Answer: Adopt the growth mindset.
What we believe determines how we behave.
From Carol Dweck’s book Mindset: The New Psychology of Success:
My work is part of a tradition in psychology that shows the power of people’s beliefs. These may be beliefs we’re aware of or unaware of, but they strongly affect what we want and whether we succeed in getting it. This tradition also shows how changing people’s beliefs–even the simplest beliefs–can have profound effects.
In this book, you’ll learn how a simple belief about yourself–a belief we discovered in our research–guides a large part of your life. In fact, it permeates every part of your life. Much of what you think of as your personality actually grows out of this “mindset”. Much of what may be preventing you from fulfilling your potential grows out of it.
Who is Carol Dweck and what has she discovered?
If You’re Open to Growth, You Tend to Grow
WHY do some people reach their creative potential in business while other equally talented peers don’t?
After three decades of painstaking research, the Stanford psychologist Carol Dweck believes that the answer to the puzzle lies in how people think about intelligence and talent. Those who believe they were born with all the smarts and gifts they’re ever going to have approach life with what she calls a “fixed mind-set.” Those who believe that their own abilities can expand over time, however, live with a “growth mind-set.”
Click here to read the whole 2008 New York times article.
What does the growth mindset look like in action?
From the opening paragraph in Dweck’s book:
“When I was a young researcher, just starting out, something happened that changed my life. I was obsessed with understanding how people cope with failures, and I decided to study it by watching how students grapple with hard problems. So I brought children one at a time to a room in their school, made them comfortable, and then gave them a series of puzzles to solve. The first ones were fairly easy, but the next ones were hard. As the students grunted, perspired, and toiled, I watched their strategies and probed what they were thinking and feeling. I expected differences among children in how they coped with the difficulty, but I saw something I never expected.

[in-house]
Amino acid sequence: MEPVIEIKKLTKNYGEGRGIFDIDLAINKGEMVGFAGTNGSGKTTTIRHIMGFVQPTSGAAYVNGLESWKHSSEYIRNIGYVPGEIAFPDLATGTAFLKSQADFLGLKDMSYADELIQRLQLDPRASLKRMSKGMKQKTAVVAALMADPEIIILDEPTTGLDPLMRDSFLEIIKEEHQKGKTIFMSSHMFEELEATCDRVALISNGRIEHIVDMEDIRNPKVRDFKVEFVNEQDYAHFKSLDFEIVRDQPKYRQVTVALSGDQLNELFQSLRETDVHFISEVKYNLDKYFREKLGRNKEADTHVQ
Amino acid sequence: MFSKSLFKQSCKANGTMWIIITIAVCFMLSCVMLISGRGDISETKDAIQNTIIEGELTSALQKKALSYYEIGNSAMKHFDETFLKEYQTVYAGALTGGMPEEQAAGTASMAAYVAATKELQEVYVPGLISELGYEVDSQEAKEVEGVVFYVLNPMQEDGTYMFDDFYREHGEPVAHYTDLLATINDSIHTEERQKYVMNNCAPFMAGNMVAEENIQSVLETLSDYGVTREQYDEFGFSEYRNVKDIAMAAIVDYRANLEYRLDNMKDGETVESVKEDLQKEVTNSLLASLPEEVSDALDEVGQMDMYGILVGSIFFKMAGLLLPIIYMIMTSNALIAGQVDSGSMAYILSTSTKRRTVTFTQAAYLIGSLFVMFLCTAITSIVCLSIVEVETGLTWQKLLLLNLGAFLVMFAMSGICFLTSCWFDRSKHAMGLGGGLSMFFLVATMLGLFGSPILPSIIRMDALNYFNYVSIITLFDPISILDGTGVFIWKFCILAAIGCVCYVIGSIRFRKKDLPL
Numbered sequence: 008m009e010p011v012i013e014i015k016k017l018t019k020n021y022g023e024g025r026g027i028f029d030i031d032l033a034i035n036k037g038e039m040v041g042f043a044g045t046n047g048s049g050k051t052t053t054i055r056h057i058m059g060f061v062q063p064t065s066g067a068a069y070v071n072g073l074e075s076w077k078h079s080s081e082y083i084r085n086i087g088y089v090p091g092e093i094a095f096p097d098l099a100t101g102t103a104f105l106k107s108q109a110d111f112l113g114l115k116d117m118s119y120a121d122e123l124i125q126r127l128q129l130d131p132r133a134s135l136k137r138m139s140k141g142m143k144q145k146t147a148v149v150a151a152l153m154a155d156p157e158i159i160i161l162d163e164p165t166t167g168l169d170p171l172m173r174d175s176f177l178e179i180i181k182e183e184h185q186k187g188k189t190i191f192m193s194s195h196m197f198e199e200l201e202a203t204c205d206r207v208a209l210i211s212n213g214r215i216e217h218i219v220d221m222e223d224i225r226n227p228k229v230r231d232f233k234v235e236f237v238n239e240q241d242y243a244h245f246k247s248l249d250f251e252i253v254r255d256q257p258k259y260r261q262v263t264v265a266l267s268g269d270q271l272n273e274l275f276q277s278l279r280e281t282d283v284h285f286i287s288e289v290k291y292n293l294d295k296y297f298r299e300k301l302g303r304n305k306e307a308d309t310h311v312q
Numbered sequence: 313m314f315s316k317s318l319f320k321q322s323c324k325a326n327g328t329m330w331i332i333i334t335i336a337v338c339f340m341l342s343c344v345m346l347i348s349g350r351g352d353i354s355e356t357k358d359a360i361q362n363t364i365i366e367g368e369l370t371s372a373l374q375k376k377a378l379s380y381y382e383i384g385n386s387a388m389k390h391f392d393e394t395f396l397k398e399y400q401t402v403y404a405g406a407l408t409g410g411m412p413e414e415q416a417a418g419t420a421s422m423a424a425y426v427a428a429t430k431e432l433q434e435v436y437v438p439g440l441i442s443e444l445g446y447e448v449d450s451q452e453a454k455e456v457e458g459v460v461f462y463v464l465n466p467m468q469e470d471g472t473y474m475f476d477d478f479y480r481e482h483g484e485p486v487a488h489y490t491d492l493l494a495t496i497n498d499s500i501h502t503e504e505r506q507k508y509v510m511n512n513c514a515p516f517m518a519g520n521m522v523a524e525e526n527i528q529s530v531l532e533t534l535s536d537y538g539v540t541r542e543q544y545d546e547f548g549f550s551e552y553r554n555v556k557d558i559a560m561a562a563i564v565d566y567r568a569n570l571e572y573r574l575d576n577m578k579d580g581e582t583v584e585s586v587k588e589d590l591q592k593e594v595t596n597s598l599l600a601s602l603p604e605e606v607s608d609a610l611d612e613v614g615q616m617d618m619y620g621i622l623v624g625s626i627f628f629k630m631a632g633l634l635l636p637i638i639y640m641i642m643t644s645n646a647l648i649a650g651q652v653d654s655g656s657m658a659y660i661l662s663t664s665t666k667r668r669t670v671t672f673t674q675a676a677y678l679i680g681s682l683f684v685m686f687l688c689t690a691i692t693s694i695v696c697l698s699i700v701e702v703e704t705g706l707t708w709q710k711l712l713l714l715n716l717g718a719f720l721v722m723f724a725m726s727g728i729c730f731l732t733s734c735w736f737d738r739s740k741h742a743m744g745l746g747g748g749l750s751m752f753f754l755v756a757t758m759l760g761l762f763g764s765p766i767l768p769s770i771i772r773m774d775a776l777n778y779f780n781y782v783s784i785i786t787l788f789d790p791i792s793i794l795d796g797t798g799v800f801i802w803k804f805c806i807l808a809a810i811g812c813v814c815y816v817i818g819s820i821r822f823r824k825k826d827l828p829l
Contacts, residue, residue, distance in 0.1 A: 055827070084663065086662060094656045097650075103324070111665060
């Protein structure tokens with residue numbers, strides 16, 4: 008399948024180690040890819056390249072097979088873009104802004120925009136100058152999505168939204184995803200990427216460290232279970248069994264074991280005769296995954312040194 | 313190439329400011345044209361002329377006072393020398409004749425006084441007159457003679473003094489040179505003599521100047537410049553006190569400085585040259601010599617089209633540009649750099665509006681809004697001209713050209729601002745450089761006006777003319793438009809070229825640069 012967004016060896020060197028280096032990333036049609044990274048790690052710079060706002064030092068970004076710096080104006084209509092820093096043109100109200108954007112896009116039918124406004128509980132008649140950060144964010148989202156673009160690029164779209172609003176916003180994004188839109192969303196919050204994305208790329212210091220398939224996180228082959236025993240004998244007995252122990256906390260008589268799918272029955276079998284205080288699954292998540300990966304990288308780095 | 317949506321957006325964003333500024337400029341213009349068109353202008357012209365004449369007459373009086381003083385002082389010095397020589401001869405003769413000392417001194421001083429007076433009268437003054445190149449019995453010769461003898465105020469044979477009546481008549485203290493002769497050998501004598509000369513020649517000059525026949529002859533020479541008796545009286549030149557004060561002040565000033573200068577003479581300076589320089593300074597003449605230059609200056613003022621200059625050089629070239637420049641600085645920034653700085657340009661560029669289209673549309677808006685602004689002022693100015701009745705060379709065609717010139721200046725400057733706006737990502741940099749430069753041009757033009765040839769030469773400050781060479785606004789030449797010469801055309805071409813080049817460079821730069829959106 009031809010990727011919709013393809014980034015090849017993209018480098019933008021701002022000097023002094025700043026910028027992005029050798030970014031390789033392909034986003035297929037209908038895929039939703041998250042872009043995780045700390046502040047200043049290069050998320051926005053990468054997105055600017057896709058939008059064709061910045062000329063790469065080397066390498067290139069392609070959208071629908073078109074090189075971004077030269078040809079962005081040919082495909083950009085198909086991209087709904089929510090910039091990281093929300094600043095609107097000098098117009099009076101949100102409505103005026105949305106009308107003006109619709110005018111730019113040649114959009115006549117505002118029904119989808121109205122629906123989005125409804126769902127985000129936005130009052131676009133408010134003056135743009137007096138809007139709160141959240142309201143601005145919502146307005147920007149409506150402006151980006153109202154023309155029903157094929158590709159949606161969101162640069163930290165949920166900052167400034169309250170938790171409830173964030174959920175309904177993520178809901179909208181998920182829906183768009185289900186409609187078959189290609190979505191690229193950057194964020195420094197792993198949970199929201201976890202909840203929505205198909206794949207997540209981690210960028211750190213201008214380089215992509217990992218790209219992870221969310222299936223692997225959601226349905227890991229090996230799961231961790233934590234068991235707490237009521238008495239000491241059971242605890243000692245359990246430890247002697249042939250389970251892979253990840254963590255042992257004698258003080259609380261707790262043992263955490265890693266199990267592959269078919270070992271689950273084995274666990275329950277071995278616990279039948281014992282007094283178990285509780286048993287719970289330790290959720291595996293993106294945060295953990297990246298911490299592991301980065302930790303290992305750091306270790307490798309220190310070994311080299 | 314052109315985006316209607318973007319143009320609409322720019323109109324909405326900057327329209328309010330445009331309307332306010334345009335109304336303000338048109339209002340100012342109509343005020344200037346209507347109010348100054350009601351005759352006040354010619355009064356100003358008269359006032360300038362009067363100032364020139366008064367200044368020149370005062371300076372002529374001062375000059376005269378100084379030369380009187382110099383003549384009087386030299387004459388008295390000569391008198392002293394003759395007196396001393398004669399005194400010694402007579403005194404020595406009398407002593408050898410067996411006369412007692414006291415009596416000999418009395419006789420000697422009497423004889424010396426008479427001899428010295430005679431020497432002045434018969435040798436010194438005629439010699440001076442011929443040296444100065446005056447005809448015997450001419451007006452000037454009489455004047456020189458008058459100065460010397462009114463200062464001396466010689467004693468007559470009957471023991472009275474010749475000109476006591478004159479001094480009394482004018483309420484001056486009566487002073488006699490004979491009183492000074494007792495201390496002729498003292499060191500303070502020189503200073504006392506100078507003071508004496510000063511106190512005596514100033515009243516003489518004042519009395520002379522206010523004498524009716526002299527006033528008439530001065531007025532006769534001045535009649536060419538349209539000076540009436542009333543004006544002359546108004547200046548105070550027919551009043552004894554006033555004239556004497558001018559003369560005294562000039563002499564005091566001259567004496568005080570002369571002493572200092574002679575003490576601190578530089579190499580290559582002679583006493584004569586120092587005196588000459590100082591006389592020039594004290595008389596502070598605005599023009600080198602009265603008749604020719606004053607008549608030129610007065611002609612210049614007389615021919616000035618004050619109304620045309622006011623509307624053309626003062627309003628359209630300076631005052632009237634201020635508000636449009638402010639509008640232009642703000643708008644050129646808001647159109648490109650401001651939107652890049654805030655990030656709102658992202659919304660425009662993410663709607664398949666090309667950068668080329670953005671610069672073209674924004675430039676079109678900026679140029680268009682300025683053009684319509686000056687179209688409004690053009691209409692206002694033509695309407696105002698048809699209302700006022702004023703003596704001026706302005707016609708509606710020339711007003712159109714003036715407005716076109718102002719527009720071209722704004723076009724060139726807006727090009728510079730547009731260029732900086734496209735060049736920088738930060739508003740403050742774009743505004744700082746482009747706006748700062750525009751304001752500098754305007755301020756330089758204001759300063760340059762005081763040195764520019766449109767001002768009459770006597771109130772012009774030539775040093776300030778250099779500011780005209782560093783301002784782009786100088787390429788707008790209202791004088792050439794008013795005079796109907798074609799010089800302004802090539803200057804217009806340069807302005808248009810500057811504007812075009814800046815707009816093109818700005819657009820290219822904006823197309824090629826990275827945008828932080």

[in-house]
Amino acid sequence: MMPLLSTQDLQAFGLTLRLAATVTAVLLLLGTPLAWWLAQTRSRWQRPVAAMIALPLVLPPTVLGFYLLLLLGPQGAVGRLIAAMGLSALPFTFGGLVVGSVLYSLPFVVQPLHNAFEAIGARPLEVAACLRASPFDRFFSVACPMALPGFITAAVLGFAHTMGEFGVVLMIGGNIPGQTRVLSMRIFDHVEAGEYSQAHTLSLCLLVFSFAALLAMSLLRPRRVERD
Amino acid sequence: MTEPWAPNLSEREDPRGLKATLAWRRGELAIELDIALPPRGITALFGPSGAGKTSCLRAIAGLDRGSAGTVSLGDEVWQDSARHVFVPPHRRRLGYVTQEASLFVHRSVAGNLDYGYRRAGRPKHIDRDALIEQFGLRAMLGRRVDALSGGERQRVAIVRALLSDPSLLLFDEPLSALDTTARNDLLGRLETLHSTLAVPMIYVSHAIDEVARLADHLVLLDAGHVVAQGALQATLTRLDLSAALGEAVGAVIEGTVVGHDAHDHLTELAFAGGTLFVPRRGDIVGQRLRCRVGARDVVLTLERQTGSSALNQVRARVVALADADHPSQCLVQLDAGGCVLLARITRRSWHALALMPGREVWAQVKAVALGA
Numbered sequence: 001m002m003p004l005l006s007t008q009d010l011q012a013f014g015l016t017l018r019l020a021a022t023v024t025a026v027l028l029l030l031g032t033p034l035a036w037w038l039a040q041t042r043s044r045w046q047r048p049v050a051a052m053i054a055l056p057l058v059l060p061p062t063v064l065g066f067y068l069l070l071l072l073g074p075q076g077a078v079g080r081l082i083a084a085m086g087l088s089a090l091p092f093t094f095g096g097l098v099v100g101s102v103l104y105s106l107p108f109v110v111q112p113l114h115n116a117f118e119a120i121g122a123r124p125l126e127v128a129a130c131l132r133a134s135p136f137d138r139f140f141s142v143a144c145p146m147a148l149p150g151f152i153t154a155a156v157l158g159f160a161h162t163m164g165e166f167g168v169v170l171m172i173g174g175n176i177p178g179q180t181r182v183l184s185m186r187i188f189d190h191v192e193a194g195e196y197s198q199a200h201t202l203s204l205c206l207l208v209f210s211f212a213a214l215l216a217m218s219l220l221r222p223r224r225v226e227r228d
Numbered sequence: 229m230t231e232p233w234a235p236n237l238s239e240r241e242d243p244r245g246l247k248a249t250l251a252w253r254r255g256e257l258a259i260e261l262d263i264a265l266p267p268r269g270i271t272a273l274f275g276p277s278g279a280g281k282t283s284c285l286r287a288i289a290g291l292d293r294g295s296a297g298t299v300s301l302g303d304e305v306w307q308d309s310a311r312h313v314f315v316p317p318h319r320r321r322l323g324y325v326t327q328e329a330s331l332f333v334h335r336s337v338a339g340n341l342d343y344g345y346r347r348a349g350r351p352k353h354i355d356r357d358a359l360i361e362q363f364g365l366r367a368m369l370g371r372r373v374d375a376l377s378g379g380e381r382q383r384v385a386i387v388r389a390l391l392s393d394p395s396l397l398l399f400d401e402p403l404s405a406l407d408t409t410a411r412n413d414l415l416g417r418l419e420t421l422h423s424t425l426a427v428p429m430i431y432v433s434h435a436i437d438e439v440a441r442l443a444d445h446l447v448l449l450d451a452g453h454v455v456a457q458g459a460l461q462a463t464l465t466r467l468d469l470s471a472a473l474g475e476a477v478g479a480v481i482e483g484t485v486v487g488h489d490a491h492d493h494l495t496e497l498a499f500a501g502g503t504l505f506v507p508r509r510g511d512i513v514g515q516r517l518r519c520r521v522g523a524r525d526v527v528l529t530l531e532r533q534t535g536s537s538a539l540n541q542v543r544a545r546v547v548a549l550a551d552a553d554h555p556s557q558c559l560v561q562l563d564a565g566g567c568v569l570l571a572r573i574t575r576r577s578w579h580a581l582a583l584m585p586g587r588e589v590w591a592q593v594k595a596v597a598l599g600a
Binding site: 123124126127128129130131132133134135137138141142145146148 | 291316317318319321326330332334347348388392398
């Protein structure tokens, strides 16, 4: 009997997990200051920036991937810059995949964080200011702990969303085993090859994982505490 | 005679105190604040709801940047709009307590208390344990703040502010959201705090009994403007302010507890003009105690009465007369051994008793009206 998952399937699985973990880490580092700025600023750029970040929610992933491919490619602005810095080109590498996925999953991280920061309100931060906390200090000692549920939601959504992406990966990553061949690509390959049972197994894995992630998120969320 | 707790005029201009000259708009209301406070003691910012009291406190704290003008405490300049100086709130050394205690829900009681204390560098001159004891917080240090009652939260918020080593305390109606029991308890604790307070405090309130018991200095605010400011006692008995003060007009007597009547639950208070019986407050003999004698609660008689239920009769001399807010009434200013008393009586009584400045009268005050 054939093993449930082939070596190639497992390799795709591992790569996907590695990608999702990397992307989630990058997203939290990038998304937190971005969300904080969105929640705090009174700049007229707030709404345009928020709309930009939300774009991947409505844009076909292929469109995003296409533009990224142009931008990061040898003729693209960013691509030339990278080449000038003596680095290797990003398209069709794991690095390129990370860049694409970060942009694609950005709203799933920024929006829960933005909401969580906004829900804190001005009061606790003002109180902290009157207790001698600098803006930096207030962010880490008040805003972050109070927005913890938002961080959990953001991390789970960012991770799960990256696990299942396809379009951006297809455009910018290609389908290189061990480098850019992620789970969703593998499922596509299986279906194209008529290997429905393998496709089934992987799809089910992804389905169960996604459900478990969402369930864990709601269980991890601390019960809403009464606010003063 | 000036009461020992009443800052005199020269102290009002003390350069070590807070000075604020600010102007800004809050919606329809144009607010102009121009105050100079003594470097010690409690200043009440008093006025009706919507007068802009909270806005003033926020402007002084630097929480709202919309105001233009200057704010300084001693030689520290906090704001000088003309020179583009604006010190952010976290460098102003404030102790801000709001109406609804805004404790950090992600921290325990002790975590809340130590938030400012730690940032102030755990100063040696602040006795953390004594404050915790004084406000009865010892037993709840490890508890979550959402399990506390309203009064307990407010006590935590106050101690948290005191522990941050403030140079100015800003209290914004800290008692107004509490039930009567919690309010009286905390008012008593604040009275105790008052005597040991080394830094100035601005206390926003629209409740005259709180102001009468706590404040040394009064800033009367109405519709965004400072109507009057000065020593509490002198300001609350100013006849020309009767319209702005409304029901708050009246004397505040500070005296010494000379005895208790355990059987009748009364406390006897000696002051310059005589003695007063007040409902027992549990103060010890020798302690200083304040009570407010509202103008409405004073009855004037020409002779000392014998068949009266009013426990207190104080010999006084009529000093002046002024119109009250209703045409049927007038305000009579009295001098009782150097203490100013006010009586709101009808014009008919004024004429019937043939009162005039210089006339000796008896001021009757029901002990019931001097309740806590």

Confronted with the hard puzzles, one ten-year-old boy pulled up his chair, rubbed his hands together, smacked his lips, and cried out, “I love a challenge!” Another, sweating away on these puzzles, looked up with a pleased expression and said with authority, “You know, I was hoping this would be informative!”
What’s wrong with them? I wondered. I always thought you coped with failure or you didn’t cope with failure. I never thought anyone loved failure. Were these alien children or were they on to something?
Everyone has a role model, someone who pointed the way at a critical moment in their lives. These children were my role models. They obviously knew something I didn’t and I was determined to figure it out–to understand the kind of mindset that could turn a failure into a gift.
What did they know? They knew that human qualities, such as intellectual skills, could be cultivated through effort. And that’s what they were doing–getting smarter. Not only weren’t they discouraged by failure, they didn’t even think they were failing. They thought they were learning.
I, on the other hand, thought human qualities were carved in stone. You were smart or you weren’t, and failure meant you weren’t. It was that simple. If you could arrange successes and avoid failures (at all costs), you could stay smart. Struggles, mistakes, perseverance were just not part of this picture. (p 3-4)
That’s how Dweck opened her book. This is how she closed it:
Change can be tough, but I’ve never heard anyone say it wasn’t worth it. Maybe they’re just rationalizing, the way people who’ve gone through a painful initiation say it was worth it. But people who’ve changed can tell you how their lives have been enhanced. They can tell you about things they have now that they wouldn’t have had, and ways they feel now that they wouldn’t have felt.
Did changing to a growth mindset solve all my problems? No. But I know that I have a different life because of it–a richer one. And that I’m a more alive, courageous, and open person because of it.
It’s for you to decide whether change is right for you now. Maybe it is, maybe it isn’t. But either way, keep the growth mindset in your thoughts. Then, when you bump up against obstacles, you can turn to it. It will always be there for you, showing you a path into the future. (p 246)